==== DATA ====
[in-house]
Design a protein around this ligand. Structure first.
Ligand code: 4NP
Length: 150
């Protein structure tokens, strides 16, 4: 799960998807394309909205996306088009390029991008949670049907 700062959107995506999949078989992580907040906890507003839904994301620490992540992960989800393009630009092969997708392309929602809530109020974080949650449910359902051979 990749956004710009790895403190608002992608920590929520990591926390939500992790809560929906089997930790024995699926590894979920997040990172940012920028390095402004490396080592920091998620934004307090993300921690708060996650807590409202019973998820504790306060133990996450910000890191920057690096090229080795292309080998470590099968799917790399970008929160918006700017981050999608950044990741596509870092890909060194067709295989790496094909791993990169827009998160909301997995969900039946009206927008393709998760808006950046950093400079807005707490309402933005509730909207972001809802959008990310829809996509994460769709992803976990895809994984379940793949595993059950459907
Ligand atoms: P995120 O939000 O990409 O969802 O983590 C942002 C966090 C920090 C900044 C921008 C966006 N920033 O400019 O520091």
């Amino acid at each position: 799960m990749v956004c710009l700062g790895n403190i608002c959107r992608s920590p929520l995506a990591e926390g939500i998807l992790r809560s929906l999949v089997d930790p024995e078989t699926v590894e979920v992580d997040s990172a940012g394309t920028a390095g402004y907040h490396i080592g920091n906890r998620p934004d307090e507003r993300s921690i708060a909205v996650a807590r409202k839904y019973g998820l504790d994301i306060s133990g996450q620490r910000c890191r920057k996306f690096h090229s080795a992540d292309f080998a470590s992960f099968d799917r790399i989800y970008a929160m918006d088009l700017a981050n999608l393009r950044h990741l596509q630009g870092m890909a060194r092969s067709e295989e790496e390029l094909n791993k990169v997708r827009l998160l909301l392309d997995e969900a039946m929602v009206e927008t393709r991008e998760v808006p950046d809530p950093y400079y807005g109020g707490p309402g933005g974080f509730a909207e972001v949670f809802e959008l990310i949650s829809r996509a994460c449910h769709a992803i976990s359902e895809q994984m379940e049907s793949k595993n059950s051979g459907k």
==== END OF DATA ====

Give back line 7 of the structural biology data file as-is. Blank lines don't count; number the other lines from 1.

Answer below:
């Amino acid at each position: 799960m990749v956004c710009l700062g790895n403190i608002c959107r992608s920590p929520l995506a990591e926390g939500i998807l992790r809560s929906l999949v089997d930790p024995e078989t699926v590894e979920v992580d997040s990172a940012g394309t920028a390095g402004y907040h490396i080592g920091n906890r998620p934004d307090e507003r993300s921690i708060a909205v996650a807590r409202k839904y019973g998820l504790d994301i306060s133990g996450q620490r910000c890191r920057k996306f690096h090229s080795a992540d292309f080998a470590s992960f099968d799917r790399i989800y970008a929160m918006d088009l700017a981050n999608l393009r950044h990741l596509q630009g870092m890909a060194r092969s067709e295989e790496e390029l094909n791993k990169v997708r827009l998160l909301l392309d997995e969900a039946m929602v009206e927008t393709r991008e998760v808006p950046d809530p950093y400079y807005g109020g707490p309402g933005g974080f509730a909207e972001v949670f809802e959008l990310i949650s829809r996509a994460c449910h769709a992803i976990s359902e895809q994984m379940e049907s793949k595993n059950s051979g459907k």